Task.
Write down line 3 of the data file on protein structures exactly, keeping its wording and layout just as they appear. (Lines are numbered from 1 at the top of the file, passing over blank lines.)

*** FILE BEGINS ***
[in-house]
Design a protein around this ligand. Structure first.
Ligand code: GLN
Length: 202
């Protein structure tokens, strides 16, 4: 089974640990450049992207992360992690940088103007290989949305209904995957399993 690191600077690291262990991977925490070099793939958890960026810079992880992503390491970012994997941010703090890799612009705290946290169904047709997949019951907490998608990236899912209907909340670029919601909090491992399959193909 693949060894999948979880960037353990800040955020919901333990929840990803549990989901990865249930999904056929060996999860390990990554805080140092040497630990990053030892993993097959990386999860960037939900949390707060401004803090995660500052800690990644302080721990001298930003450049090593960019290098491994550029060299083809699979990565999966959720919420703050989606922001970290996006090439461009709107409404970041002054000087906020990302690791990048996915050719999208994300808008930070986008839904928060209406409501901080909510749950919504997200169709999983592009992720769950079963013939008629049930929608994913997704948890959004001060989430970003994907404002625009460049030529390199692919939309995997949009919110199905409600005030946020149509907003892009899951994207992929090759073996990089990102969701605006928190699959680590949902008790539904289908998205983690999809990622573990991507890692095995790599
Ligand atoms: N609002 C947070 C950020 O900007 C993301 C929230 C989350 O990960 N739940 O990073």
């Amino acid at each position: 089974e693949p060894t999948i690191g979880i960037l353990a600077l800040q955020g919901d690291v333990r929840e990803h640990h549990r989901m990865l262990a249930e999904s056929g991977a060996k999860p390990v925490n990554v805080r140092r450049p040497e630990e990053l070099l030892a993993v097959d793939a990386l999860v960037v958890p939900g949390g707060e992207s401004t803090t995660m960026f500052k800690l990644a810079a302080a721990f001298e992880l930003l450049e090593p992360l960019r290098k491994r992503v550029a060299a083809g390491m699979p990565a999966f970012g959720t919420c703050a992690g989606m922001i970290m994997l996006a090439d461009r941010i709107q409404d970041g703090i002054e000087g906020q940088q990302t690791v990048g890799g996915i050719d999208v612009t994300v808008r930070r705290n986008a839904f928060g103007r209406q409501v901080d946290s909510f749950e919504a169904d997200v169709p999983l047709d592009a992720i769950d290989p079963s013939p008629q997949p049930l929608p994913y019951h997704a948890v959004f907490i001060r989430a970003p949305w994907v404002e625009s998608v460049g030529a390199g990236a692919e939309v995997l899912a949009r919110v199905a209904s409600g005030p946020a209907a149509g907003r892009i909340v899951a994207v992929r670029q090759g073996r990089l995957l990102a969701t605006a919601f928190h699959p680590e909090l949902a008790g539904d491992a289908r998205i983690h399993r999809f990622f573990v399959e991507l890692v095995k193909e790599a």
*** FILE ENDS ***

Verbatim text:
Ligand code: GLN